IBC sought to subsume the existing frameworks for bad loan resolution by creating a single law.
The Insolvency and Bankruptcy Code (IBC) has put a sturdier regulator, the Insolvency and Bankruptcy Board of India, on the lines of SEBI and IRDAI. The Act aimed to resolve the mounting issue of non-performing loans by corporates and find a lasting solution for stressed balance sheets of banks. IBC sought to subsume the existing frameworks for bad loan resolution by creating a single law. Any stressed asset red-flagged to the National Company Law Tribunal (NCLT) by lenders under IBC is referred to a registered and recognised insolvency resolution professional. In case the resolution attempts did not fructify, the professional can refer the case to a Committee of Creditors (CoC) to kick-start the liquidation process by putting the assets on block. The new bankruptcy norms were rolled out as existing mechanisms proved inefficacious. Till IBC kicked in, the absence of a single law dealing with corporates going bust and overlapping jurisdiction made the process cumbersome and time-consuming. According to a World Bank estimate, the average time taken for completion of bankruptcy process is 4.3 years in India, whereas in Singapore, Finland and the US it takes just six months to one-and-a-half years. Also, the recovery percentage in India is as low as 26%, whereas this ranges from 78% to 92% in advanced economies. IBC was considered a welcome regulation. It was expected to solve issues ranging from resolution of bad loans in a time-bound manner, promote entrepreneurship, improve credit flow since lenders’ balance sheets are deleveraged, balance stakeholders’ interests, cut the role of the adjudicating authority to a minimum, and subsume 12 archaic laws.
The resolution plan by professionals under IBC would be binding on corporate debtors, employees, members, creditors, guarantors and stakeholders. If the resolution plan is not approved or not ready within the stipulated time-line ranging from 135 days to 270 days, or the adjudicating authority rejects the plan, it can pass a liquidation order (LO). The resolution professional would act as the liquidator and all the powers of the Board of Directors would automatically be transferred to the terminator. The position was made clear by the Supreme Court in Innoventive Industries Ltd vs ICICI Bank & Anr (2017). The Court stated the scheme of IBC is to divest the erstwhile management of its powers and vest it in a professional agency.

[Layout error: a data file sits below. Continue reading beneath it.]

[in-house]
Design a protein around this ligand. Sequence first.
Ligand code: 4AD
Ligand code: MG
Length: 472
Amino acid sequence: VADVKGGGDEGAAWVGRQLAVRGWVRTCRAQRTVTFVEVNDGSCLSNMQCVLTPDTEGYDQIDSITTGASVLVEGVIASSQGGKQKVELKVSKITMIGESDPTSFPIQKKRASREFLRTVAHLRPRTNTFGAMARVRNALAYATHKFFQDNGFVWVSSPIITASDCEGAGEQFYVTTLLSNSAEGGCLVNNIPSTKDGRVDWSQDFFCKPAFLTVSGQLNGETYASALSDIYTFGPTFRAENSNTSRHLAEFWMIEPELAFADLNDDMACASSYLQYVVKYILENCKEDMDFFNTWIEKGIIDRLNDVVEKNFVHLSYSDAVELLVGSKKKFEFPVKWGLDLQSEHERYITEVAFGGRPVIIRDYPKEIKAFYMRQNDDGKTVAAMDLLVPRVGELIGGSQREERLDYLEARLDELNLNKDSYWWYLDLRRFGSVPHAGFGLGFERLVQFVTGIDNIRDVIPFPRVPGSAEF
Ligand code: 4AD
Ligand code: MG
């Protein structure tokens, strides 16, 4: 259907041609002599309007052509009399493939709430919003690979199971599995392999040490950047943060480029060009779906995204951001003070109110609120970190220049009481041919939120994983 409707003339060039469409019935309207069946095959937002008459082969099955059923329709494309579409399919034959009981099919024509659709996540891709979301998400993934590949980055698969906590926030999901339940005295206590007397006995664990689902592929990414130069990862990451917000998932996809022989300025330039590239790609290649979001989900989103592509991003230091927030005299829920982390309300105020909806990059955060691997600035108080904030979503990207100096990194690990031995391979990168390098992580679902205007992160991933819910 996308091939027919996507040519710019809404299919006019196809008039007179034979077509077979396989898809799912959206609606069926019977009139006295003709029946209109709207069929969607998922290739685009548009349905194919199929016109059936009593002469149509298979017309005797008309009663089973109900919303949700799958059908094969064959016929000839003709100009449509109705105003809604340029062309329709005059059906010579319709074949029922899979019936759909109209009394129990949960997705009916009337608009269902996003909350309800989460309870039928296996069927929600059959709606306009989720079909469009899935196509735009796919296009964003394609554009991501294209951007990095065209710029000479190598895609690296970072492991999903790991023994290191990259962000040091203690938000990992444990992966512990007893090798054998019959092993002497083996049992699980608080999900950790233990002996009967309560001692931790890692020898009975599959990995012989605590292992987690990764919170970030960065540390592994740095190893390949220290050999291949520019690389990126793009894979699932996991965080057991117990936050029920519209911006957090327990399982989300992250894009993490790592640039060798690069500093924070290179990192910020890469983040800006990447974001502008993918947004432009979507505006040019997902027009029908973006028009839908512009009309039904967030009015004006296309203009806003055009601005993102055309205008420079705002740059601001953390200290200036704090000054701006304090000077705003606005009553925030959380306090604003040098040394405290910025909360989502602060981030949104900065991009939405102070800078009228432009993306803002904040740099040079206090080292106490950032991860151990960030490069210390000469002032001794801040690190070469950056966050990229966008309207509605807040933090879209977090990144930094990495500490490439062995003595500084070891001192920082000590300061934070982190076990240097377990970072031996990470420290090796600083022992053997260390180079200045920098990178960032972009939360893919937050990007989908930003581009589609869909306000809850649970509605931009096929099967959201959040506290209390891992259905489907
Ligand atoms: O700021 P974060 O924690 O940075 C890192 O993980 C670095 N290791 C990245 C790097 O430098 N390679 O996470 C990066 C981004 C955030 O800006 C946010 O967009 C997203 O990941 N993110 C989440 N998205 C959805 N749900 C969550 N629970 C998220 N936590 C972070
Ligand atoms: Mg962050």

The first crack appeared when promoters or persons acting in concert or related parties who were instrumental in ruining investor wealth joined the fray to retake the control of the company by putting in their bids. Synergies Dooray was one such case. Here, the debtor company (Synergies Dooray Automotive) transferred its debt to its sister concern (Synergies Castings), which, in turn, transferred the debt to a third party (Millennium Finance). The minority financial creditor of the debtor (Edelweiss ARC), however, assailed the transfer of debt from Synergies Castings to Millennium Finance on the grounds that the sole purpose of such transfer was to dilute the voting power of Edelweiss ARC as Synergies Castings being a related party would not have otherwise been able to vote in the CoC.
However, the government quickly moved in to overcome such abstruseness and amended the rules by way of an Ordinance. The amendment prevented unscrupulous, undesirable persons from misusing or vitiating the provisions of IBC and laid out 10 canons for eligible candidates, preventing value destroyers from retaking the control of the firm. The amended IBC will test the jurisprudence and political will of the government and the financial prudence of RBI. It is yet to be seen if the omnipotent CoC would be fair to all stakeholders of a company under liquidation by maximising the value of its assets and take care of the interests of all entities concerned. In other words, they are expected to take informed decisions ensuring optimum value for the assets on the block and maximising returns to stakeholders. The judiciary and policy-makers will have to face the litmus test as the resolution process would come before the NCLT. The task was made more cumbersome with IBC being silent on the order of priority about the respective rights of different stakeholders over the sale proceeds. This leaves the doors wide open for a conflict of interest between the secured creditors with superior charge over the assets and those with subservient charge leading to protracted litigation.
By: Sumit Agrawal
Founding partner, Suvan Law Advisors